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Eshelman v. Puma Biotechnology, Inc.

United States District Court, E.D. North Carolina, Southern Division

September 14, 2017

FREDRIC N. ESHELMAN, Plaintiff,
v.
PUMA BIOTECHNOLOGY, INC. Defendant.

          ORDER

          Robert B. Jones, Jr. United States Magistrate Judge

         Plaintiff Fredric N. Eshelman ("Eshelman") moves the court to compel Defendant Puma Biotechnology, Inc. ("Puma") to produce the calendars of two of its corporate officers. [DE-149]. Puma opposes the motion. [DE-152]. For the reasons set forth below, Eshelman's motion is denied.

         I. BACKGROUND

         On February 2, 2'01"63 Eshelman filed a complaint against Puma and Alan H. Auerbach ("Auerbach"), Puma's chief executive officer and Board Chairman, asserting claims of libel per se and libel per quod related to statements contained in an allegedly defamatory investor presentation.[1] See [DE-1, -5]. Specifically, Eshelman alleges that in the course of a proxy contest, Puma posted a link on its investor-relations website to download an "Investor Presentation" that contained defamatory statements about Eshelman. Compl. [DE-5] ¶¶ 46-82.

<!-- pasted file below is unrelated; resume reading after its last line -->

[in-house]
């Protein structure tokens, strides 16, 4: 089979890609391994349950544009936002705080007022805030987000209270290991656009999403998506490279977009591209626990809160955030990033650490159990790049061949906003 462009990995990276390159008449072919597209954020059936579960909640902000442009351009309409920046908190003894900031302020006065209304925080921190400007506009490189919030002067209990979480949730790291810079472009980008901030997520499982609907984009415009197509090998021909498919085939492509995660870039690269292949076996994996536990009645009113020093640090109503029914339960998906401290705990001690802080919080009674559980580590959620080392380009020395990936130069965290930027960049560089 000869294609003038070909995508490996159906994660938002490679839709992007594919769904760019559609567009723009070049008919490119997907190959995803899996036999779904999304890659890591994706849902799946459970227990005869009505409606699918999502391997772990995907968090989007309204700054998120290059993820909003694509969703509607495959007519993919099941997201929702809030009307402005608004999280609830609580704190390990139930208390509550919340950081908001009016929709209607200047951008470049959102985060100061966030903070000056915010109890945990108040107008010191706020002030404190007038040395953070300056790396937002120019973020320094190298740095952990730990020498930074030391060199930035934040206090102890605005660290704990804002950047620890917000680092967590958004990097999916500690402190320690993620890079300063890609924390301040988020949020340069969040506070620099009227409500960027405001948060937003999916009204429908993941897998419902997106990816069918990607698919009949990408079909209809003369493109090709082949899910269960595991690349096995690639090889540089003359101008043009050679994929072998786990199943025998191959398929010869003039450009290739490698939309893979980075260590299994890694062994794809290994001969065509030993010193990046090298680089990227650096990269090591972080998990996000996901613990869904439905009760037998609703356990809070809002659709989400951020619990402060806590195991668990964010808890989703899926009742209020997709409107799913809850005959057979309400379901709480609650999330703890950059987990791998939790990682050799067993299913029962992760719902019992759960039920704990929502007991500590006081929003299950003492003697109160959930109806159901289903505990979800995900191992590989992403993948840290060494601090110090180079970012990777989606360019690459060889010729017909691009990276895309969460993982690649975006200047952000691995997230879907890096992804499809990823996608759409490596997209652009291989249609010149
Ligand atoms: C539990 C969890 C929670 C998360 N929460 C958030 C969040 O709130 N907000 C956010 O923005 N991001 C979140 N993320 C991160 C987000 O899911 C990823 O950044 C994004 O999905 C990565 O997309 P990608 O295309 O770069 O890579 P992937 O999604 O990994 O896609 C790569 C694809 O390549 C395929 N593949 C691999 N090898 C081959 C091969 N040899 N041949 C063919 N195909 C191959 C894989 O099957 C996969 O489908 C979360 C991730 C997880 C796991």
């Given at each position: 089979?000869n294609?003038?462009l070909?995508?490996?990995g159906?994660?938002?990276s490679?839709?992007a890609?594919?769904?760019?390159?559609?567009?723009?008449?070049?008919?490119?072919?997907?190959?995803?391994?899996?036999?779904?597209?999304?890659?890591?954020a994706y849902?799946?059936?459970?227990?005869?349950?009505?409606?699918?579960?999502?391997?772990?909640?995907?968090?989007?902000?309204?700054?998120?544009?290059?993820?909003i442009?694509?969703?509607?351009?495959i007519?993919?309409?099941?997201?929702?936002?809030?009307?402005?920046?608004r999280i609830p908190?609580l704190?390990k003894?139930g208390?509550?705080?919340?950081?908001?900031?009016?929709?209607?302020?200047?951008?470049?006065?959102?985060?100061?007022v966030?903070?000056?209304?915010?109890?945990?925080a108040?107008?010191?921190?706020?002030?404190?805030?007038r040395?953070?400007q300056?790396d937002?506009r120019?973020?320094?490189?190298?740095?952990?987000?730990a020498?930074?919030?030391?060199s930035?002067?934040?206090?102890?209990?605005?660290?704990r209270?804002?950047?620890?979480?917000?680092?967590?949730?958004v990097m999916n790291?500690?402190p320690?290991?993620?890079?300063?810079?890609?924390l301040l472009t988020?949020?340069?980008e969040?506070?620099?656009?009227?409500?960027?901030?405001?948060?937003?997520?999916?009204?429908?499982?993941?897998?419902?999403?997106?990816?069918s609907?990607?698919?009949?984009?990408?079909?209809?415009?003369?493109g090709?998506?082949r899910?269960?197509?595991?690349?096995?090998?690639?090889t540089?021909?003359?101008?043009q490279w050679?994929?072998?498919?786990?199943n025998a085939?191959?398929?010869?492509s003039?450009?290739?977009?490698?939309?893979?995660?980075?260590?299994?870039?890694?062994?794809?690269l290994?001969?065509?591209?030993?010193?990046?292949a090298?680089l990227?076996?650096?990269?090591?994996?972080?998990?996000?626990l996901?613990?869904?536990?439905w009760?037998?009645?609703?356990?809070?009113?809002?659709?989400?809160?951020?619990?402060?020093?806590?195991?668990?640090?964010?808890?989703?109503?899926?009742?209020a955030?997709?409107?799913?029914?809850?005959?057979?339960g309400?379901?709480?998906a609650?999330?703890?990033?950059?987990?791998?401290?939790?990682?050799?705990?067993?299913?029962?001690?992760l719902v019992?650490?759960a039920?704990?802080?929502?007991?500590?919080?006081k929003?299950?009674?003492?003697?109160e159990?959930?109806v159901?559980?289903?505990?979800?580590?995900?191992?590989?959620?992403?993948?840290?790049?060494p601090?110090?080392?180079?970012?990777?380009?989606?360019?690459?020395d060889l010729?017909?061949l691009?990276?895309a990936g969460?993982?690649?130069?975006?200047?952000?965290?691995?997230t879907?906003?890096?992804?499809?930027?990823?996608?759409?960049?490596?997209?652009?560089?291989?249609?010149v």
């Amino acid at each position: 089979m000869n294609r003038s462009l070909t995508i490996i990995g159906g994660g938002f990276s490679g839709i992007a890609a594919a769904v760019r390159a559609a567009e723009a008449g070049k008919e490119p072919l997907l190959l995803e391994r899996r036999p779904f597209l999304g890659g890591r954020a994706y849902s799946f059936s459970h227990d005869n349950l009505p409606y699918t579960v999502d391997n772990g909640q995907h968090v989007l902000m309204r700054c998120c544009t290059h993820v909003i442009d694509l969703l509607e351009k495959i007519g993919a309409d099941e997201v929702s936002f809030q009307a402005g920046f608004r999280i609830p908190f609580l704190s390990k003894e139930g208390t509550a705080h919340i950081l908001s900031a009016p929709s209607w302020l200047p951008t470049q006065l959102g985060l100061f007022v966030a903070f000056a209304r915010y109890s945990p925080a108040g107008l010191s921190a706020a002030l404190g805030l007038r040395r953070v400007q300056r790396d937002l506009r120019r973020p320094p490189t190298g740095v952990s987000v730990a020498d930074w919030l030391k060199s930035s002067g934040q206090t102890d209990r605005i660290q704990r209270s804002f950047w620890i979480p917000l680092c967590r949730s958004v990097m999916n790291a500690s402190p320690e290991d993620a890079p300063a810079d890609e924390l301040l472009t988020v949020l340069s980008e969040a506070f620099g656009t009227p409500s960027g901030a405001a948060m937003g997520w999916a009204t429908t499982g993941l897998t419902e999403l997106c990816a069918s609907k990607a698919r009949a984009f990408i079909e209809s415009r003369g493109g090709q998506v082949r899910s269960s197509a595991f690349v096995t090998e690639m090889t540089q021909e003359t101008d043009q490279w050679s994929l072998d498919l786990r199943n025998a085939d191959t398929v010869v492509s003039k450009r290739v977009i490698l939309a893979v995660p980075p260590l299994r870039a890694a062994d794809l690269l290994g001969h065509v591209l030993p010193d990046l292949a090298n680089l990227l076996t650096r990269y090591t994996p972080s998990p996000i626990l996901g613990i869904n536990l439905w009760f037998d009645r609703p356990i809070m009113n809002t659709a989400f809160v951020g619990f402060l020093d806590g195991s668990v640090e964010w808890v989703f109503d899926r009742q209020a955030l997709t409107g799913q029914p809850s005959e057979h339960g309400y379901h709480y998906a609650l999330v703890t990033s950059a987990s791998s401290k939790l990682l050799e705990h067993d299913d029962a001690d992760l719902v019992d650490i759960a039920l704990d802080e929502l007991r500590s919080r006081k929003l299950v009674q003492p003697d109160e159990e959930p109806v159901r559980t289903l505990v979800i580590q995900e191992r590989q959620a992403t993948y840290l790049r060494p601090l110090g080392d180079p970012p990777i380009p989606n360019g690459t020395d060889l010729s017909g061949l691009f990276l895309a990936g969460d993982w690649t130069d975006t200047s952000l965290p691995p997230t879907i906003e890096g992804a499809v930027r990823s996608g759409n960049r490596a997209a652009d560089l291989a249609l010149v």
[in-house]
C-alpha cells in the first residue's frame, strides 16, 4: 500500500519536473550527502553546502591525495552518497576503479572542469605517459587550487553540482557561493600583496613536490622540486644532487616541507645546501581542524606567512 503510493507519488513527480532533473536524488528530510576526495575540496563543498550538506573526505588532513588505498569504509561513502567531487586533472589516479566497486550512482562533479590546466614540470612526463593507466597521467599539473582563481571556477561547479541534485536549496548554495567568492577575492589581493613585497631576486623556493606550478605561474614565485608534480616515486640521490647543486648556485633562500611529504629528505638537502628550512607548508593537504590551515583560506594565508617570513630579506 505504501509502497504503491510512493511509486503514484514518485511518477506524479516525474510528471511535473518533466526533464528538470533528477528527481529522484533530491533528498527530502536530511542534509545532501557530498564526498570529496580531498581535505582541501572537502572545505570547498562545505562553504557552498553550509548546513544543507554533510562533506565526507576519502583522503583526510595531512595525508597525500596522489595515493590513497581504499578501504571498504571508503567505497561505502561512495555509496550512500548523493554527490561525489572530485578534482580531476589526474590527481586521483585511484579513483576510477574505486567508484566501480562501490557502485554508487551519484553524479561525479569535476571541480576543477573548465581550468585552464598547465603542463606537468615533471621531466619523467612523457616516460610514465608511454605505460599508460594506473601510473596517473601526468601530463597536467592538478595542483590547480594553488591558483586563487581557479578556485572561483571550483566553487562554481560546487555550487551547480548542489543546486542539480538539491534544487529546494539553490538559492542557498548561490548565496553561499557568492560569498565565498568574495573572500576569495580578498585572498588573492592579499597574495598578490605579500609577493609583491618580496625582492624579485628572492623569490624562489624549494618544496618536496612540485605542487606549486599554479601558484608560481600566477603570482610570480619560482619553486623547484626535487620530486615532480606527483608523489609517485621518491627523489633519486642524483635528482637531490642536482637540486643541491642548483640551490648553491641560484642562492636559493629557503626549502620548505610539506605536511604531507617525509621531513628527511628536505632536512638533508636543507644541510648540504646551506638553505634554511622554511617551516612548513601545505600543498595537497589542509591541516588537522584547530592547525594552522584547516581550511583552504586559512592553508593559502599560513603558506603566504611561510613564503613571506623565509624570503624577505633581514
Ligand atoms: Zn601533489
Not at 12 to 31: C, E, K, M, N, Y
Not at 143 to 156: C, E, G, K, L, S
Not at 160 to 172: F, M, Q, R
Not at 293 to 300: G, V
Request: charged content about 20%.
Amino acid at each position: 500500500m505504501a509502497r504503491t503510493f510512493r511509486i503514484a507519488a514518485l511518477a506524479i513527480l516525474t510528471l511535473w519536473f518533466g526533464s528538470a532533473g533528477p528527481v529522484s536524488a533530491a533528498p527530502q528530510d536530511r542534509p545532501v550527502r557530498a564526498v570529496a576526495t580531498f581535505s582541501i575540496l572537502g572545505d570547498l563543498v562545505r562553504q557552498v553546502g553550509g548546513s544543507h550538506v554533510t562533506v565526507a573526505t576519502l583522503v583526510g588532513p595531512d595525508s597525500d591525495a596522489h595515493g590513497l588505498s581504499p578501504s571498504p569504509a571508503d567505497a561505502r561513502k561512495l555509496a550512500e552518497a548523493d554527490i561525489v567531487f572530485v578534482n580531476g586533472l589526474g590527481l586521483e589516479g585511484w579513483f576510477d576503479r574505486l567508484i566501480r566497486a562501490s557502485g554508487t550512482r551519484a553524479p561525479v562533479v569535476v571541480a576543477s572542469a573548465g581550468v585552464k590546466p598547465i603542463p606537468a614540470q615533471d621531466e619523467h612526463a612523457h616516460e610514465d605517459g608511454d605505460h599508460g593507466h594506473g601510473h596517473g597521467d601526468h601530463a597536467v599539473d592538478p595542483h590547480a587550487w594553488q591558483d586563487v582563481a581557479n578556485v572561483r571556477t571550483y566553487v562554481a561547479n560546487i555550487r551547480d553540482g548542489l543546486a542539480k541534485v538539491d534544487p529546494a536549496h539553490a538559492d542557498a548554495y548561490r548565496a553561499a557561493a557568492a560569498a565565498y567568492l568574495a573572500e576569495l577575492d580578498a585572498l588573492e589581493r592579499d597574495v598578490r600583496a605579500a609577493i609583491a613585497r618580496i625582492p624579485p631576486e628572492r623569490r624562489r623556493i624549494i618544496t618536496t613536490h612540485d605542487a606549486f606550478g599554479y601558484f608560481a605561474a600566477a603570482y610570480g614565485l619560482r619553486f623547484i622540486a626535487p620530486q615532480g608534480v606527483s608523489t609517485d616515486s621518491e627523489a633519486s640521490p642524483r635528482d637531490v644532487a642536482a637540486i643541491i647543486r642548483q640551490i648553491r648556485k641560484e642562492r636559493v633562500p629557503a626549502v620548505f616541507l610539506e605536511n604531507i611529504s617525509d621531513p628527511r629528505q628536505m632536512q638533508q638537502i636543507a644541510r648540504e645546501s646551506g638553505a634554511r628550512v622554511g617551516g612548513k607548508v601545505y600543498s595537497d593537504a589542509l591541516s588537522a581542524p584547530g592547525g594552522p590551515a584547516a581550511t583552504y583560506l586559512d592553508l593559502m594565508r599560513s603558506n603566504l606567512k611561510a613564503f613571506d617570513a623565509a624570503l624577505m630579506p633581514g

On, June 3, 2016, Eshelman served upon Puma his First Request for Production of Documents, in which Eshelman sought "[a]ll documents relating to the Proxy Contest." Pl.'s Mem. [DE-150] at 2; Req. for Produc. of Docs. No. 10 [DE-44-1] at 9. The instructions provided within the discovery requests defined the term "document" to include a "calendar." [DE-44-1] at 4-5 ¶ 12.

         The term "relating to" was defined as "relating to, reflecting, concerning, referring to, constituting, embodying, connected to, in connection with, comprising, regarding, evidencing, describing, identifying, stating, analyzing, containing information concerning, and/or in any way pertaining to the subject matter of this action." Id. at 5 ¶ 13. "Proxy Contest" was defined as "Dr. Eshelman's October 28, 2015 proposals to Puma's shareholders and all actions undertaken in response to or relating to those proposals." Id. at 4 ¶ 7. In response to the document request, Puma produced the relevant and non-privileged individual calendar entries for Auerbach and Senior Investor Director Mariann Ohanesian ("Ohanesian") from July 2015 through February 2016, which "relate on their face to the topics in Eshelman's discovery requests." [DE-152] at 2, 6.